Wednesday, October 15, 2014
“If you love someone,” pop star Sting sang years ago, “set them free.” Sometimes the first rule of love is forgetting all the rules that constrain the object of one’s affection, while trusting that the beloved will return on their own. Nineteenth century British artist J.M.W. Turner knew all the rules of painting from the Old Master tradition, but once he reached his seventh decade and found himself an Old Master, he began cutting ties to the old rules of his beloved painting and set it (and himself) free. The results, on glorious display at the Tate Britain’s exhibition Late Turner: Painting Set Free, heralded new
directions in art followed by the Impressionists and nearly every modern art movement to follow. Please come over to Picture This at Big Think to read more of "How Turner Loved Painting, So He Set It Free."
Monday, February 25, 2013
Nothing hurts like a blown call. Baseball’s bittersweet beauty owes much to moments such as Umpire Jim Joyce’s missing a call to rob Detroit Tigers’ pitcher Armando Galarraga of a perfect game, that rarest of baseball feats, in 2010. In baseball, calls are irreversible. In the world of art criticism, however, a blown call can be reversed, sometimes years and years later. In the February 2013 issue of Art News, Ann Landi chronicles cases of art critics changing their minds. Split Decisions: When Critics Change Their Minds gently, but firmly pulls away the curtain of infallibility from the world of art critics, whether they like it or not. But more important than documenting these moments of minds changed is raising the question of what makes art critics change their minds. Please come over to Picture This at Big Think to read more of "What Makes Art Critics Change Their Minds?"
[Image: Cy Twombly. Fifty Days at Iliam. Shield of Achilles, 1978. Oil, oil crayon, and graphite on canvas.]
Tuesday, July 5, 2011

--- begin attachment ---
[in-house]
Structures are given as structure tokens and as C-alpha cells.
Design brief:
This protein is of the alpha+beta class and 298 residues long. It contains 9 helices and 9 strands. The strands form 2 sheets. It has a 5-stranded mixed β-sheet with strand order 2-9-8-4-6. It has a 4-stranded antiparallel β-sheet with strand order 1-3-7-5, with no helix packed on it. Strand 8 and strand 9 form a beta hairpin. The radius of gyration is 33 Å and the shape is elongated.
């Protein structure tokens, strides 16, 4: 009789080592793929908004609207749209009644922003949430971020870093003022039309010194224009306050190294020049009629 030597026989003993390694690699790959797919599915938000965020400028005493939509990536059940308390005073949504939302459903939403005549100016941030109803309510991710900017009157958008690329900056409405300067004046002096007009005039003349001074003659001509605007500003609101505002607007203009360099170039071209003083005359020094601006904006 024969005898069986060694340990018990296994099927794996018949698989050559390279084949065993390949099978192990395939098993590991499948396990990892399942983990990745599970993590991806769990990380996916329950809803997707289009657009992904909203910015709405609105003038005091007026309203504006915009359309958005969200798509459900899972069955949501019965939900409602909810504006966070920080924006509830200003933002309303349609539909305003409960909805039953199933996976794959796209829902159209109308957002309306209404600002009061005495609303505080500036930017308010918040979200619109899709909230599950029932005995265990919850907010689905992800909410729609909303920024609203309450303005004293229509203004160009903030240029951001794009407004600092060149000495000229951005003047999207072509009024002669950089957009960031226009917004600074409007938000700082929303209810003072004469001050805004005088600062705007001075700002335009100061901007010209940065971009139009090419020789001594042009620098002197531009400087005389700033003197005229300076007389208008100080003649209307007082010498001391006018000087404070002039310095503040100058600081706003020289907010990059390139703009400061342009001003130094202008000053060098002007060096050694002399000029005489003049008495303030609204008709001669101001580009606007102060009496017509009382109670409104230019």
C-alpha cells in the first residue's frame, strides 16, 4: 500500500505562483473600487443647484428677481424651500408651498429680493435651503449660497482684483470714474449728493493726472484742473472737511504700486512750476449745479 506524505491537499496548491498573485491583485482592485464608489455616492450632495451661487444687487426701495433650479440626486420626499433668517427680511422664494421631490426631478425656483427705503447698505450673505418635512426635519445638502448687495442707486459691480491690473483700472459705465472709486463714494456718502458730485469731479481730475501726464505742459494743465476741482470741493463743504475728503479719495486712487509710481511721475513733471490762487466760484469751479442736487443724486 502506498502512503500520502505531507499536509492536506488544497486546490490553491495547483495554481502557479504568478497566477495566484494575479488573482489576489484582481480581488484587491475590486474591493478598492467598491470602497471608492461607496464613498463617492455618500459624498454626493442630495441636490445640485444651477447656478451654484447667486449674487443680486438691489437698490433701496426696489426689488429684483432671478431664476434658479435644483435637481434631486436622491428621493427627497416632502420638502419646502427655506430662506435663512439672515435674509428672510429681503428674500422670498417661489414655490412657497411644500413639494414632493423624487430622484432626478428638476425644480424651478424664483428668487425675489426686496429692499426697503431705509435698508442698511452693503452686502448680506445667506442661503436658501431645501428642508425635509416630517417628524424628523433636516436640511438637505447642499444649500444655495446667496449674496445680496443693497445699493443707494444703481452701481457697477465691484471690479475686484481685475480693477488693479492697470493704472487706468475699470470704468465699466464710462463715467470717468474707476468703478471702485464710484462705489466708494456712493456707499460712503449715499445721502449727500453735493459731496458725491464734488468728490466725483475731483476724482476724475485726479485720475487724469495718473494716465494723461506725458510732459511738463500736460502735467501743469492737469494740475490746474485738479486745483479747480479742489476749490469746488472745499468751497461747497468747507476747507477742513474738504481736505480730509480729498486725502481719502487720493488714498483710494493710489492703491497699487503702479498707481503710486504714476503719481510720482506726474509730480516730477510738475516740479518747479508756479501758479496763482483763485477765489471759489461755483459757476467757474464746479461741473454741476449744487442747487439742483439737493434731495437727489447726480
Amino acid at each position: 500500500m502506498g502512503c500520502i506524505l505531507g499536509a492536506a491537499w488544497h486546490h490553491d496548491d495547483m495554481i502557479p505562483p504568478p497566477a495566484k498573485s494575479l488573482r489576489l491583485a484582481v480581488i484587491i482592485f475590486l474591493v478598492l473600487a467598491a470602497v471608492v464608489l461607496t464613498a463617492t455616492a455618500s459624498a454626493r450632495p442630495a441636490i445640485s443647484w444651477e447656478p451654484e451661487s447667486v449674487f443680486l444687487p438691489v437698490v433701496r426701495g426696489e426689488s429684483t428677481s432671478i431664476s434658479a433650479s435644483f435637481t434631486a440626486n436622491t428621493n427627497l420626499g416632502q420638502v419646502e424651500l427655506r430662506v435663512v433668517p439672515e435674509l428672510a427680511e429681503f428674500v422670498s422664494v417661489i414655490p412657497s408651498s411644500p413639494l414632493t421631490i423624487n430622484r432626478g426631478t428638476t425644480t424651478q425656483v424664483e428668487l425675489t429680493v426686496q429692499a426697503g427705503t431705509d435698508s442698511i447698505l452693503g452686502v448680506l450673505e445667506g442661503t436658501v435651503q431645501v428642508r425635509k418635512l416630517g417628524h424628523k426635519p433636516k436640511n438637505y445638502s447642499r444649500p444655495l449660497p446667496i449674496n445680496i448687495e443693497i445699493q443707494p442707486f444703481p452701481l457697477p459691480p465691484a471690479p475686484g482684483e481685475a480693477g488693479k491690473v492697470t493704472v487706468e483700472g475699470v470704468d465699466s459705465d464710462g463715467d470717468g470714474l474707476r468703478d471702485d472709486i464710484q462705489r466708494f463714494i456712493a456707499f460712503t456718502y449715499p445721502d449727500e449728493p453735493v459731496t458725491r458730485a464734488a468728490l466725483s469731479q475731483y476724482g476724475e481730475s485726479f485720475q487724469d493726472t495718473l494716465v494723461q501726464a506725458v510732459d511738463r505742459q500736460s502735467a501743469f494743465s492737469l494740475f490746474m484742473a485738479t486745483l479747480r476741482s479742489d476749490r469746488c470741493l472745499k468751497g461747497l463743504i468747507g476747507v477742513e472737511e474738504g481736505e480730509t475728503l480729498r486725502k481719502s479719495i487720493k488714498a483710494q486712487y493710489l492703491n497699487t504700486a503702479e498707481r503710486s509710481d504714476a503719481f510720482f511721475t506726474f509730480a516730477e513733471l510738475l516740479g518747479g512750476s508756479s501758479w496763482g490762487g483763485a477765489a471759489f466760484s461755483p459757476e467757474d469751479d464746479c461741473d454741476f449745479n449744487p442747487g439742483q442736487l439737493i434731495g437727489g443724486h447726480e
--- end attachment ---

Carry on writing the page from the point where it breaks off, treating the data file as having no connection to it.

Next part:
When I found out today about the death of American artist Cy Twombly at age 83, I quickly ran a gauntlet of reactions: one, I have to write about him; two, how do I write about the one major American artist I (like many others) just don’t “get.” The scribbles and seemingly random marks of Twombly’s art just didn’t speak to me, regardless of how hard I strained to hear them. Now that the man is gone and the art remains, I feel compelled to give him one more try. Twombly, the stereotypical “My kid could do that!” modern artist, is dead, but maybe the inner child he channeled in his work lives on. Please come over to Picture This at Big Think to read more of "How Cy Twombly’s Inner Child Lives on."
[Image: Cy Twombly. Sunset, 1957. Oil, pencil, and crayon on canvas. 142.5 x 195 cm. © Cy Twombly.]
Friday, March 11, 2011
“I could paint that!” Or, “Even a monkey could paint that!” Walk through any museum or gallery containing modern abstract art and you’ll most likely hear similar sentiments from those who think little of abstract art and those who make it. There’s no difference between the paintings selling for thousands and sometimes millions and the finger painting of children in kindergarten, or so the argument goes. A recent study published by two psychologists argues against that idea by showing statistically that people can tell when an abstract painting is done by an adult human. Their experiment asked people with no, little, or much art knowledge to distinguish works by an adult human painter found in an art history book from artwork by a human child, a gorilla, a chimpanzee, an elephant, and, yes, even a monkey. Please come over to Picture This at Big Think to read more of "Even a Monkey."
[Image: Cy Twombly. Untitled (Scenes from an Ideal Marriage), 1986. Oilstick; oil and water color on paper 52 x 72 cm. (20.5 x 28 in.). © Cy Twombly.]